Enforcing traffic laws will become more complex as CAV numbers increase. The Governors Highway Safety Association (GSHA 2018) highlighted challenges that transportation agencies, law enforcement agencies, and attorneys general should tackle cooperatively. Issues include:
- Establishing procedures to let police officers identify an ADS
- Creating protocols to facilitate communication between police officers and ADS-equipped vehicles & their occupants
- Adopting modified crash response procedures for incidents involving AVs
Self-driving vehicles strictly adhere to the rules of the road. As more of these vehicles occupy our roadways, humans manually operating other vehicles may respond in unpredictable ways as they do not necessarily abide by traffic laws consistently. Law enforcement may have to step up patrol activities until mixed vehicle fleets become common. Also, procedures for using AV-generated data to monitor traffic, identify congested areas, locate crashes, and perform crash investigations need to be established.
Cybersecurity and Privacy Issues
CAVs generate tremendous amounts of data and rely on infrastructure tied into vast digital networks. Agencies need to update and bolster security, improve system resiliency, and safeguard personally identifiable information to mitigate risks to state-owned infrastructure and all vehicle types. Private and public entities will need to work together to secure private data transmission.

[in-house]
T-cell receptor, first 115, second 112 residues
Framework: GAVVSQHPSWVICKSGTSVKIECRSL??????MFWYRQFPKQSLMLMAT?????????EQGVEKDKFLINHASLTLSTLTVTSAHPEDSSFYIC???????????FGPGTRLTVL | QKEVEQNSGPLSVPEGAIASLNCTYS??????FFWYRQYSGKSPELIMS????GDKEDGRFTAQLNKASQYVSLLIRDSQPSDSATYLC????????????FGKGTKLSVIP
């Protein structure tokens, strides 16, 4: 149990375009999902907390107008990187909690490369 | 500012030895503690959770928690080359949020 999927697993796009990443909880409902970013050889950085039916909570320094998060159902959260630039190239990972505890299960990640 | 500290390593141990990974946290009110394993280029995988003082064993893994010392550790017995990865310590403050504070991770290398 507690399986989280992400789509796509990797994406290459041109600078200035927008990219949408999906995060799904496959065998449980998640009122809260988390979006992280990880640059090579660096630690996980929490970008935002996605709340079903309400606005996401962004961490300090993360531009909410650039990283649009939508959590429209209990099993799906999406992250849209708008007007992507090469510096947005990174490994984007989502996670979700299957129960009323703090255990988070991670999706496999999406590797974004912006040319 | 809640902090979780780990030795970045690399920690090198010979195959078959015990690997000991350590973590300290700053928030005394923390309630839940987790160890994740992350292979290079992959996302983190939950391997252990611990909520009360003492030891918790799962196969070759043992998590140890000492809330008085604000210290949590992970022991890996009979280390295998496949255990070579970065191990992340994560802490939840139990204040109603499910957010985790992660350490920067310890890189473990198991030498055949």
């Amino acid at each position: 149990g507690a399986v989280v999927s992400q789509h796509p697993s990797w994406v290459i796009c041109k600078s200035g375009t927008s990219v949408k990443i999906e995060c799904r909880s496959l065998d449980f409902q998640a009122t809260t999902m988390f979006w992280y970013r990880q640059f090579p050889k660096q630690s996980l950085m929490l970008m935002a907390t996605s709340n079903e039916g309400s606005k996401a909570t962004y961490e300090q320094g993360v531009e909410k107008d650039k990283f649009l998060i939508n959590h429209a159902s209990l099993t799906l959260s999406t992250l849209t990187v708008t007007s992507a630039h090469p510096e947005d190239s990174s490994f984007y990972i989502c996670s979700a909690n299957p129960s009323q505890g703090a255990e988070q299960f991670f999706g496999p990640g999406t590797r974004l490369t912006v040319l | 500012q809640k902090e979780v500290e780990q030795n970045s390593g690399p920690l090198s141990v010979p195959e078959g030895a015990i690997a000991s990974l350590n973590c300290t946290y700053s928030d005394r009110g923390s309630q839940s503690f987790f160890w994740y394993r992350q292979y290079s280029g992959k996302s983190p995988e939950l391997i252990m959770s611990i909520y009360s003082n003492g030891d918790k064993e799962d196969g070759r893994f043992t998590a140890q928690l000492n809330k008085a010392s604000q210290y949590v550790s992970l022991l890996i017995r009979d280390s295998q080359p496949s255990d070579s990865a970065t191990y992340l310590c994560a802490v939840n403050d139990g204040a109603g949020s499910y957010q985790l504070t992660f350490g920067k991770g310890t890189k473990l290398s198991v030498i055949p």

State of Good Repair
Optimizing CAV performance demands that agencies maintain roads in a state of good repair and potentially adopt new practices for road markings, paving, and signage. Many states — including Kentucky — are beginning to require use of 6-inch stripes that are brighter than their predecessors. Along with installing clear lane markings and visible signage, agencies should prioritize maintenance practices that increase pavement uniformity. Other strategies for improving design and geometrics include enhancing lane divisions, use of traffic-calming devices (e.g., roundabouts), lowering speed limits, and installing guardrails and other roadside structures that lessen crash severity. These practices will also benefit human drivers and create a safer road system.
Vehicle Miles Traveled (VMT)
Researchers have observed that lower transportation costs combined with the greater mobility afforded by CAVs — in particular AVs — could increase VMT. Enhanced mobility and attendant economic growth are laudable goals, but another important factor to consider is the negative consequences of increased VMT. If VMT goes up, the environmental benefits of CAVs could be offset by greater air pollution and emissions. Similarly, an increase in VMT may add to congestion woes. No research has yet fully studied to what extent higher VMT would offset the benefits emerging vehicle technologies confer. Any study would also have to consider the impacts of vehicle electrification and effects of mixed vehicle fleets.
What role CAVs are going to play in our future transportation system will come into focus over the next 10 to 20 years. The Cabinet believes these vehicles will help the agency deliver on its mission by preventing non-injury and fatal crashes, stimulating economic activity, strengthening the mobility of populations underserved by the current transportation system, and potentially mitigating congestion.